Indigenous Family Safety funding will be available for initiatives that provide support for people who experience family violence, such as:
- Better understanding and responses to women and children at risk of violence.
- Scoping the appropriateness, adequacy and reach of services, including provision of adequate care to help children who have witnessed violence to recover.
- Identifying service gaps, barriers to service use and strategies to address these.
- Working with service providers within particular locations to ensure that people are appropriately referred between services.
- Informing workers, volunteers and community members about local service options, training them in the “first door, right door” approach and embedding this concept in delivery.
- Extending and improving the reach of existing service responses to difficult-to-target groups, such as people who live in outstations.
- Training local community members to take part in service delivery, either paid or voluntary, or to act as natural facilitators within their families and community.
- Providing infrastructure to support such activities or to establish ongoing services.
In the 29 Remote Service Delivery (RSD) locations, Indigenous people are putting forward solutions to reduce the impact of alcohol and tackle family violence through Local Implementation Plans. The Government will ensure that:
- Local Implementation Plans incorporate best practice models for preventing child abuse and family violence.
- Communities develop strong and evidence-based Community Safety Plans that focus on the safety and wellbeing of women and children in particular.
Families need to know that these difficult issues can be talked about and addressed. Leadership at all levels is critical including change at the grassroots level:
- In May 2010, Aboriginal men held a Stop the Violence workshop in Ross River, Northern Territory. These leaders came together to reject violence and reclaim their roles as strong fathers, brothers, uncles and sons.
- The Tjaegans Warriors Men’s group in Dandenong, Victoria, has an ethos of non-violence and practice sobriety, as positive role-models for youth.
- On the sporting field, teams are implementing their own non-violence codes.
The Commonwealth Government is supporting the establishment of the National Congress of Australia’s First Peoples which will be fully operational by January 2011. Through the Congress, many advocates for tackling violence and alcohol abuse will be able to collaborate and put forward their solutions.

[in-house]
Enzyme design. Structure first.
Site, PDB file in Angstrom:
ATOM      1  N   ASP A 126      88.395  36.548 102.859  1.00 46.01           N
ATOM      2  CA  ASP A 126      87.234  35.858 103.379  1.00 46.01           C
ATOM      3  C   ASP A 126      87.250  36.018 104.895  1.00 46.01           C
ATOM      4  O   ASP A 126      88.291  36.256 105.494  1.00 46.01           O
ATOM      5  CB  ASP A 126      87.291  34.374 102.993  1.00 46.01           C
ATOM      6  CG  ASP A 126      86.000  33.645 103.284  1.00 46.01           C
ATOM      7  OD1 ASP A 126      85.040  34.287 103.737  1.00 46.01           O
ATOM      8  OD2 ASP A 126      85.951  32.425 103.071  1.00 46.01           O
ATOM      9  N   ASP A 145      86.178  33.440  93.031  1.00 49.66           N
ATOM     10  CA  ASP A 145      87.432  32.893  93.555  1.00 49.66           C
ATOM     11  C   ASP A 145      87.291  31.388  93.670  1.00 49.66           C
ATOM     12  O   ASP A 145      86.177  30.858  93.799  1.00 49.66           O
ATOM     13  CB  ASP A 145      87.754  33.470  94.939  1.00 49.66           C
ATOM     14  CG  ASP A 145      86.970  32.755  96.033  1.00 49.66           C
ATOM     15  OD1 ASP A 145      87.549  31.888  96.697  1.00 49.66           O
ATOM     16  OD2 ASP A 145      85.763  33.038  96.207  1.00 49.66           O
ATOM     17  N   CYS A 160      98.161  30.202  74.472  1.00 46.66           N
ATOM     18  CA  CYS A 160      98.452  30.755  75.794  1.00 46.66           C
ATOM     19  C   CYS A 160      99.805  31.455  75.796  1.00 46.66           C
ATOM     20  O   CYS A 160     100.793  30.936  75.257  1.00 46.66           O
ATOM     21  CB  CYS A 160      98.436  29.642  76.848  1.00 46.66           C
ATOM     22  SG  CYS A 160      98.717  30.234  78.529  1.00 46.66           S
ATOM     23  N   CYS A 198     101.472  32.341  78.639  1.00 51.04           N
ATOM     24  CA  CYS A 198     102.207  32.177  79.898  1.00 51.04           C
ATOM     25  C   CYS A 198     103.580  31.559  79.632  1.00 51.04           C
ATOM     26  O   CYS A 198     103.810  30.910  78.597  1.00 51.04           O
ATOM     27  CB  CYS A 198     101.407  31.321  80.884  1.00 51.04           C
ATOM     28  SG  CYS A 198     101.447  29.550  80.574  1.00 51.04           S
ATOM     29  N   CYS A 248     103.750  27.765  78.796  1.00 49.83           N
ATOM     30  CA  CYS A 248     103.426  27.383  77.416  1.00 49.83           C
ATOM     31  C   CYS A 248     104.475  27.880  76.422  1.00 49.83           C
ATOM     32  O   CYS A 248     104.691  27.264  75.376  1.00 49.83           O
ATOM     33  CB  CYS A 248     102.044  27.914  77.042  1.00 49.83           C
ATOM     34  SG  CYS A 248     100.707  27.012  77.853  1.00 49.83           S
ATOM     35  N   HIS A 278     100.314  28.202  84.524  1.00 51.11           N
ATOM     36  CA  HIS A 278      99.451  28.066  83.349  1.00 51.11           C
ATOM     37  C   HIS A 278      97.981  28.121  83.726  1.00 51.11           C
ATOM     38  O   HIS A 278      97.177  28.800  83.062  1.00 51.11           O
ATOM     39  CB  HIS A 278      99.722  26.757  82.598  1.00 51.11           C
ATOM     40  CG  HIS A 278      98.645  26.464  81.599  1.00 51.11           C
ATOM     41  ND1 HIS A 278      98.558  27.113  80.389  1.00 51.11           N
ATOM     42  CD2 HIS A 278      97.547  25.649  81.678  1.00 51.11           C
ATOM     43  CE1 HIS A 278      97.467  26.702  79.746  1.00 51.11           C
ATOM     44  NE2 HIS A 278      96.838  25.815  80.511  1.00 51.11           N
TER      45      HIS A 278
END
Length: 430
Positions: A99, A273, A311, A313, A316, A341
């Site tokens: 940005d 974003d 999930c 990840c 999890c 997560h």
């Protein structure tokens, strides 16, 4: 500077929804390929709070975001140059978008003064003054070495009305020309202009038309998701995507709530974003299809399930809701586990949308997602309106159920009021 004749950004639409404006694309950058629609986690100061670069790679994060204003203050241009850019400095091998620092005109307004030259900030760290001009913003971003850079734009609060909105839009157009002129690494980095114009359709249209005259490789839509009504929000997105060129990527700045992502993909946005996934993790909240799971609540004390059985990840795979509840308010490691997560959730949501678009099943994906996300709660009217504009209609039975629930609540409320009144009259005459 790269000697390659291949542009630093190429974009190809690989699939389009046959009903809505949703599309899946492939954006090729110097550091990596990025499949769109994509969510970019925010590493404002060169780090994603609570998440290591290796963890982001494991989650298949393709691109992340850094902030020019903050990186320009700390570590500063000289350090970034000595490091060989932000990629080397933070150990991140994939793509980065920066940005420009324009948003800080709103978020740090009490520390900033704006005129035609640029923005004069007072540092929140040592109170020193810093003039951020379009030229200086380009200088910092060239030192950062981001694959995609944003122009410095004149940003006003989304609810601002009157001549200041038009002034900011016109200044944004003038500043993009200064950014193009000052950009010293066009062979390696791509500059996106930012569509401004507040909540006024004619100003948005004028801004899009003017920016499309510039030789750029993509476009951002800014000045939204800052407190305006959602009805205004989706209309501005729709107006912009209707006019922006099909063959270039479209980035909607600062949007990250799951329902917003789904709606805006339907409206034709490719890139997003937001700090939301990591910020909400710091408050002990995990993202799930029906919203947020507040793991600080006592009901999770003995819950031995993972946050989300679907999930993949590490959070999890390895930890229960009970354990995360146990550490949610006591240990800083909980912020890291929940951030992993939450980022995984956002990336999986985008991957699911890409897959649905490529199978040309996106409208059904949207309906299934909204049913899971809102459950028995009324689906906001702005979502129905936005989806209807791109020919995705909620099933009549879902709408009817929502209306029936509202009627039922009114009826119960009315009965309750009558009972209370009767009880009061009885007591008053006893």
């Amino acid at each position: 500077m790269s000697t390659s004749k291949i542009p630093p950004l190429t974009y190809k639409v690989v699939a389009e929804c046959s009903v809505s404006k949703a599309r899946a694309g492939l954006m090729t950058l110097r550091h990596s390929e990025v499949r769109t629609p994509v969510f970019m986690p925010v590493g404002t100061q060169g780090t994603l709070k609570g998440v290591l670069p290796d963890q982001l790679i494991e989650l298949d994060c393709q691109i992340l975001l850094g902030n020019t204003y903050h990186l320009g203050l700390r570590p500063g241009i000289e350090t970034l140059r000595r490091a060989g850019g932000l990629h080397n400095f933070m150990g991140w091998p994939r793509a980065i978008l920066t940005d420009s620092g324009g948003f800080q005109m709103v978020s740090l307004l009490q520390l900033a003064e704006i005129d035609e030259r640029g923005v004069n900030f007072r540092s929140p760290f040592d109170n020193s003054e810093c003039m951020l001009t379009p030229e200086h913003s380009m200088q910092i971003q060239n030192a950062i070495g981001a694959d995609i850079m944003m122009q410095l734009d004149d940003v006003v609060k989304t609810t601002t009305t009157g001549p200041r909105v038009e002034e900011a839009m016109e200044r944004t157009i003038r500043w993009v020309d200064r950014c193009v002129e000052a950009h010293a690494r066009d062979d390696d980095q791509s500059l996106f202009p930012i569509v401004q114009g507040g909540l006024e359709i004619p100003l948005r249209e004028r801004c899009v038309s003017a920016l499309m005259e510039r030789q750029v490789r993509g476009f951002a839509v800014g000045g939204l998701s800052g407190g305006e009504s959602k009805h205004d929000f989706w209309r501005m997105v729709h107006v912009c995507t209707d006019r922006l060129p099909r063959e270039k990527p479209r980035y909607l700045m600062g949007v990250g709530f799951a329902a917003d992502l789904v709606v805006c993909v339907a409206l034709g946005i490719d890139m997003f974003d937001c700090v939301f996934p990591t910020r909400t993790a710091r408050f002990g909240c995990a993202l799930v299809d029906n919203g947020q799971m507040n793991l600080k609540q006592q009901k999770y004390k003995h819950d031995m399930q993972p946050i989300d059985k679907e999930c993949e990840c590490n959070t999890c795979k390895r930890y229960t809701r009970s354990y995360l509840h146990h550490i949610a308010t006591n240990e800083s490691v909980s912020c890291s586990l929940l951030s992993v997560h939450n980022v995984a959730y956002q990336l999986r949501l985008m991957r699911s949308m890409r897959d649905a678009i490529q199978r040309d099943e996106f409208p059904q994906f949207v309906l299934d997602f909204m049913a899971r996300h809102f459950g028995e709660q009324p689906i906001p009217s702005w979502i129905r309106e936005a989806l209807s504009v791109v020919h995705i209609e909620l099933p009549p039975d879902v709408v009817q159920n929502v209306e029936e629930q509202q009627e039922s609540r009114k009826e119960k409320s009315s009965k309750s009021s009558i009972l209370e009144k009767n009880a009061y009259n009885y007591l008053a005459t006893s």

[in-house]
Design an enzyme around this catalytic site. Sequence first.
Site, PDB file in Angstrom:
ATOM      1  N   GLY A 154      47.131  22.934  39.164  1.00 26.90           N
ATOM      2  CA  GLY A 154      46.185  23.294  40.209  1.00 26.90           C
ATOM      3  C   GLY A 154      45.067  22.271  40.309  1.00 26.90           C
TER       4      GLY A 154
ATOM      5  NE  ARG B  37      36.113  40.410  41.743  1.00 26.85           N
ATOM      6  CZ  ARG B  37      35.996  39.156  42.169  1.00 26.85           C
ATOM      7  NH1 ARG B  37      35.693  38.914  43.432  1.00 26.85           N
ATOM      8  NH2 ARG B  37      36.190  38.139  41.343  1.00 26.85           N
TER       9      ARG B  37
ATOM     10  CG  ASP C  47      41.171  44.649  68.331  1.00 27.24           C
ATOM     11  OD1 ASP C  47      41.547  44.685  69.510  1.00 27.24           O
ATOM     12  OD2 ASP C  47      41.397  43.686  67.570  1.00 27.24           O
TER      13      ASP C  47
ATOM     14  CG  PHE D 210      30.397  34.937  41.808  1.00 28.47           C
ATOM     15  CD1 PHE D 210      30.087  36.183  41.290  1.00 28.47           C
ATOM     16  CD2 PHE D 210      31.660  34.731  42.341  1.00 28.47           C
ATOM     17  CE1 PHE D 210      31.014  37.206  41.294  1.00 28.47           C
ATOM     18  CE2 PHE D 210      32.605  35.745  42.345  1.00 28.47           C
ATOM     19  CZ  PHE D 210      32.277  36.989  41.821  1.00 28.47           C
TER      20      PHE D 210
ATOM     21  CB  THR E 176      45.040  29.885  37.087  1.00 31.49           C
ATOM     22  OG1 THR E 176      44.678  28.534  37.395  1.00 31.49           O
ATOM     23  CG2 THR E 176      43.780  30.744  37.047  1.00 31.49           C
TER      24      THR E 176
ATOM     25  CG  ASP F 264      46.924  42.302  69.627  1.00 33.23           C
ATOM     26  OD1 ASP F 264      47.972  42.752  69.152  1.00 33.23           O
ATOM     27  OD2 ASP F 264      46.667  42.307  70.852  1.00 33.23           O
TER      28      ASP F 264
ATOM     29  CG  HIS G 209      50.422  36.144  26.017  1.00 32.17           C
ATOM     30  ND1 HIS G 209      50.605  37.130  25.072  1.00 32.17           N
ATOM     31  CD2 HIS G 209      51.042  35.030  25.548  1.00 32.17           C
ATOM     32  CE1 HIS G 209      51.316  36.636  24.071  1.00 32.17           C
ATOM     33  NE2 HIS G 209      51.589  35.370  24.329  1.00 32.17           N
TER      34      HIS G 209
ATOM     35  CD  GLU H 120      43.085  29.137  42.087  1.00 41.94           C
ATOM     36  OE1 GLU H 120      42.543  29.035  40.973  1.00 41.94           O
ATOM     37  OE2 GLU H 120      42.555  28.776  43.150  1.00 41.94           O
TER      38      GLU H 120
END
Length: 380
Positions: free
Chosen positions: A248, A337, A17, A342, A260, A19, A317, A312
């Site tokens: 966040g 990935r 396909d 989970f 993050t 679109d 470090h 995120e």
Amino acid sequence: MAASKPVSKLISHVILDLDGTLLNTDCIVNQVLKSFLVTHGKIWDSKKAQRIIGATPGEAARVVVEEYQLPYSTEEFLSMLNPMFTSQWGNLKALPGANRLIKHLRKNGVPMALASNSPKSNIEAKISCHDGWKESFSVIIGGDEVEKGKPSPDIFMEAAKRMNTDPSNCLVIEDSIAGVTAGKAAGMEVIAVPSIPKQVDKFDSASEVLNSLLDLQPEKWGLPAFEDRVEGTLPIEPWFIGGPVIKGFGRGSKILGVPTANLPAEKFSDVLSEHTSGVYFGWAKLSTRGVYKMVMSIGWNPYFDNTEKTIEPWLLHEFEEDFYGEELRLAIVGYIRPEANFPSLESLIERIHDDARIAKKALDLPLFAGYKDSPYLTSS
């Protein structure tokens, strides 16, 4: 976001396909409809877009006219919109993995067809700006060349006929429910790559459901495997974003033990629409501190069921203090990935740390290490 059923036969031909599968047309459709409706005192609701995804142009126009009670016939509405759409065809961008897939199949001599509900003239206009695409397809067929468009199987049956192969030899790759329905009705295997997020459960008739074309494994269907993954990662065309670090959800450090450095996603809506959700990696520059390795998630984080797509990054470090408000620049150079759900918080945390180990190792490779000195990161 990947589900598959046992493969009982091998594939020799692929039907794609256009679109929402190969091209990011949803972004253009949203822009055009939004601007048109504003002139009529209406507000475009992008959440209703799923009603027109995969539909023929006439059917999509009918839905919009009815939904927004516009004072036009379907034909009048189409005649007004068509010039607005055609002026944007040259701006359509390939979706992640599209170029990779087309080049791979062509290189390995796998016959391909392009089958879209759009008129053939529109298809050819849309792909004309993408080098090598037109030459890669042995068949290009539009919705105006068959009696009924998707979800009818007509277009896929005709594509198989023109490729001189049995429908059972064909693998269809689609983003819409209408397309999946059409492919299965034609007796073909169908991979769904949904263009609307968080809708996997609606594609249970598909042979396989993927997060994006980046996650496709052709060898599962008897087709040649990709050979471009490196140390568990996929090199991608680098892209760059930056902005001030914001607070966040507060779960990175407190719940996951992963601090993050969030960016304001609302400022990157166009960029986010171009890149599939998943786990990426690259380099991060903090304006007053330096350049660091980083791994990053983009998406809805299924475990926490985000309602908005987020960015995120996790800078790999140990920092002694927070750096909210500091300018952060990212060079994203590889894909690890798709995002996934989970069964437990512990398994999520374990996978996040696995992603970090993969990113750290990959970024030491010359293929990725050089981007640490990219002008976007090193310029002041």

The Government has also funded six new Women’s Alliances, including the National Aboriginal and Torres Strait Islander Women’s Alliance and Women Everywhere Advocating Violence Elimination.
The new Aboriginal and Torres Strait Islander Healing Foundation, established with Commonwealth Government funding of $26.6 million over four years, aims to build evidence of best practice models for addressing the underlying causes of trauma and violence.
Governments are also working with families and communities in the 29 RSD locations to assess progress against best-practice evidence for preventing family violence, child abuse and neglect to help communities develop strong Community Safety Plans.12
The Commonwealth will continue to work collaboratively with Indigenous Australians and these bodies on priority‑setting, policy and implementation.
- C. Bryant (2009) ‘Identifying the risks for Indigenous violent victimisation’, Indigenous Justice Clearinghouse Research Brief 6.
- Steering Committee for the Review of Government Service Provision (2009) ‘Report on Government Services 2009’
- Wundersitz, J (2010) Indigenous perpetrators of violence: Prevalence and risk factors for reoffending Australian Institute of Criminology Reports, Research and Policy Series p105
- Dearden, J & Payne, J (2009) Alcohol and Homicide in Australia. Trends and Issues in crime and criminal justice no.372 Canberra: Australian Institute of Criminology
- Bryant, C (2009) op. cit.
- Pilkington, J. Aboriginal Communities and the Police’s Taskforce Themis: Case Studies in remote Aboriginal community policing in the Northern Territory. North Australian Aboriginal Justice Agency, 2009.
- Valentin J, An Independent Assessment of Policing in Remote Indigenous Communities for the Government of Australia, March 2007.
- James Pilkington, Aboriginal Communities and the Police’s Taskforce Themis: Case studies in remote Aboriginal community policing in the Northern Territory, October 2009.
- The Allen Consulting Group, Independent Review of Policing in Remote Indigenous Communities in the Northern Territory - Policing further into remote communities - Report to the Australian Government and the Northern Territory Government, April 2010.
- A number of these Australian Indigenous healing models and programs are referred to in “Voices from the Campfires: Establishing the Aboriginal and Torres Strait Islander Healing Foundation” (2009), Report by the Aboriginal and Torres Strait Islander Healing Foundation Development Team
- Schorr, L. & Marchand, V. Pathway to the Prevention of Child Abuse and Neglect. June 2007.
- For more information on the Remote Service Delivery Partnership go to: http://www.fahcsia.gov.au/sa/indigenous/progserv/families/RSD_NPA/Pages/default.aspx